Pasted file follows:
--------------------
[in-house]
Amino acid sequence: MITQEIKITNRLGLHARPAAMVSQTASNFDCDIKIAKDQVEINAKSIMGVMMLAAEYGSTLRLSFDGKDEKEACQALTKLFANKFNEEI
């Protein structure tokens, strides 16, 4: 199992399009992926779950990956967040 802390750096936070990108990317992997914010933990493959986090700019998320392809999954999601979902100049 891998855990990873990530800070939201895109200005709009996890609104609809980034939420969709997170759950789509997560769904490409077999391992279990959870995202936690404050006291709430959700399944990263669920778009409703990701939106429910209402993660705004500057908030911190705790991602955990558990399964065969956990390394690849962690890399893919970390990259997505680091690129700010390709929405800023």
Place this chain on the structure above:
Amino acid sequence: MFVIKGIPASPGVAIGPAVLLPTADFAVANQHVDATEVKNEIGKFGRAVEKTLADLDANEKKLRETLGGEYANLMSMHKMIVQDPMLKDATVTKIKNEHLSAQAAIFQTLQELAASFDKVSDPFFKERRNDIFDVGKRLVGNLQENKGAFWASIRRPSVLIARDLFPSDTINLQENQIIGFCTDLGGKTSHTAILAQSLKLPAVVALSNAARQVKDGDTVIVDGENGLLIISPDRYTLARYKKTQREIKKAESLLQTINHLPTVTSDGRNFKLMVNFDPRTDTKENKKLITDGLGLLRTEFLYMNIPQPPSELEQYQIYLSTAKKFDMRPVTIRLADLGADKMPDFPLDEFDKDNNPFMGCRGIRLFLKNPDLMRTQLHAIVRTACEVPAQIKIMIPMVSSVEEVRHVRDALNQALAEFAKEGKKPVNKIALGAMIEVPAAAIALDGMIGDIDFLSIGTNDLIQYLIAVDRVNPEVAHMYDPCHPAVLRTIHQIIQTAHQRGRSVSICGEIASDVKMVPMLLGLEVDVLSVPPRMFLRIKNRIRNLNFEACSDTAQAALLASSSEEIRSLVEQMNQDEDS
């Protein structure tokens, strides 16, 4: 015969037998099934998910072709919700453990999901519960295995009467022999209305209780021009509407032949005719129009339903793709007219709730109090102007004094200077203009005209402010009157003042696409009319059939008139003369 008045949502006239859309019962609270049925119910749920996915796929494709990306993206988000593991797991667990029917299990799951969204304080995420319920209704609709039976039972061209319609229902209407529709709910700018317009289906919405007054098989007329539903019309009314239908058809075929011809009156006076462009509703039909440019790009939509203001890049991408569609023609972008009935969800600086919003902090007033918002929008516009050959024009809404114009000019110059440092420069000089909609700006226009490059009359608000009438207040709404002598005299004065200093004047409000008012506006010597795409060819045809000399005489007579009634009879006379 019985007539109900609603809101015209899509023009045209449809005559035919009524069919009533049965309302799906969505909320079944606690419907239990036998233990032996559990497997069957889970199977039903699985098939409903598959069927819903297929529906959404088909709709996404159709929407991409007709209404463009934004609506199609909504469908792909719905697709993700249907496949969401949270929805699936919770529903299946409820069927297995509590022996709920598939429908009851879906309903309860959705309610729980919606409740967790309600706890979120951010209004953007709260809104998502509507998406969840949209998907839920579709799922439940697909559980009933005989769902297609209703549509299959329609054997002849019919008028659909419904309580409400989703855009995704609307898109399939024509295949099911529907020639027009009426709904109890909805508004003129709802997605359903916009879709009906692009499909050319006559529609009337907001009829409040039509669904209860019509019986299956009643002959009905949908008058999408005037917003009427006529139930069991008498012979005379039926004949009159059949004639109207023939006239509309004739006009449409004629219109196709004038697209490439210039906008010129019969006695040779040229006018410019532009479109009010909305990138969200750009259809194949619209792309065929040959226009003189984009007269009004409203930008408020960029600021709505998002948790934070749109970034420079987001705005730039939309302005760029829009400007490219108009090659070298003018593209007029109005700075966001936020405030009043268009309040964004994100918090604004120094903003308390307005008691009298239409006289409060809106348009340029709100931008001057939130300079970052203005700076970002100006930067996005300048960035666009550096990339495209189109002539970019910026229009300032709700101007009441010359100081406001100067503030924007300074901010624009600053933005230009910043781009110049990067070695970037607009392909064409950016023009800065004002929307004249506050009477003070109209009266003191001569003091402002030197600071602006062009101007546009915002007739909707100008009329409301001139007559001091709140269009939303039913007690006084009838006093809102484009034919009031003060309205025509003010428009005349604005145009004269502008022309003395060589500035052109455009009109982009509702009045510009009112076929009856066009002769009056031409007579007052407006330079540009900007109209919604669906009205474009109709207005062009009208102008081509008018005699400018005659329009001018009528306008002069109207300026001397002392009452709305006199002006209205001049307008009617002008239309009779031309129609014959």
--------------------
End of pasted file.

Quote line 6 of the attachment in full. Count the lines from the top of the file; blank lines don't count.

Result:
């Protein structure tokens, strides 16, 4: 015969037998099934998910072709919700453990999901519960295995009467022999209305209780021009509407032949005719129009339903793709007219709730109090102007004094200077203009005209402010009157003042696409009319059939008139003369 008045949502006239859309019962609270049925119910749920996915796929494709990306993206988000593991797991667990029917299990799951969204304080995420319920209704609709039976039972061209319609229902209407529709709910700018317009289906919405007054098989007329539903019309009314239908058809075929011809009156006076462009509703039909440019790009939509203001890049991408569609023609972008009935969800600086919003902090007033918002929008516009050959024009809404114009000019110059440092420069000089909609700006226009490059009359608000009438207040709404002598005299004065200093004047409000008012506006010597795409060819045809000399005489007579009634009879006379 019985007539109900609603809101015209899509023009045209449809005559035919009524069919009533049965309302799906969505909320079944606690419907239990036998233990032996559990497997069957889970199977039903699985098939409903598959069927819903297929529906959404088909709709996404159709929407991409007709209404463009934004609506199609909504469908792909719905697709993700249907496949969401949270929805699936919770529903299946409820069927297995509590022996709920598939429908009851879906309903309860959705309610729980919606409740967790309600706890979120951010209004953007709260809104998502509507998406969840949209998907839920579709799922439940697909559980009933005989769902297609209703549509299959329609054997002849019919008028659909419904309580409400989703855009995704609307898109399939024509295949099911529907020639027009009426709904109890909805508004003129709802997605359903916009879709009906692009499909050319006559529609009337907001009829409040039509669904209860019509019986299956009643002959009905949908008058999408005037917003009427006529139930069991008498012979005379039926004949009159059949004639109207023939006239509309004739006009449409004629219109196709004038697209490439210039906008010129019969006695040779040229006018410019532009479109009010909305990138969200750009259809194949619209792309065929040959226009003189984009007269009004409203930008408020960029600021709505998002948790934070749109970034420079987001705005730039939309302005760029829009400007490219108009090659070298003018593209007029109005700075966001936020405030009043268009309040964004994100918090604004120094903003308390307005008691009298239409006289409060809106348009340029709100931008001057939130300079970052203005700076970002100006930067996005300048960035666009550096990339495209189109002539970019910026229009300032709700101007009441010359100081406001100067503030924007300074901010624009600053933005230009910043781009110049990067070695970037607009392909064409950016023009800065004002929307004249506050009477003070109209009266003191001569003091402002030197600071602006062009101007546009915002007739909707100008009329409301001139007559001091709140269009939303039913007690006084009838006093809102484009034919009031003060309205025509003010428009005349604005145009004269502008022309003395060589500035052109455009009109982009509702009045510009009112076929009856066009002769009056031409007579007052407006330079540009900007109209919604669906009205474009109709207005062009009208102008081509008018005699400018005659329009001018009528306008002069109207300026001397002392009452709305006199002006209205001049307008009617002008239309009779031309129609014959």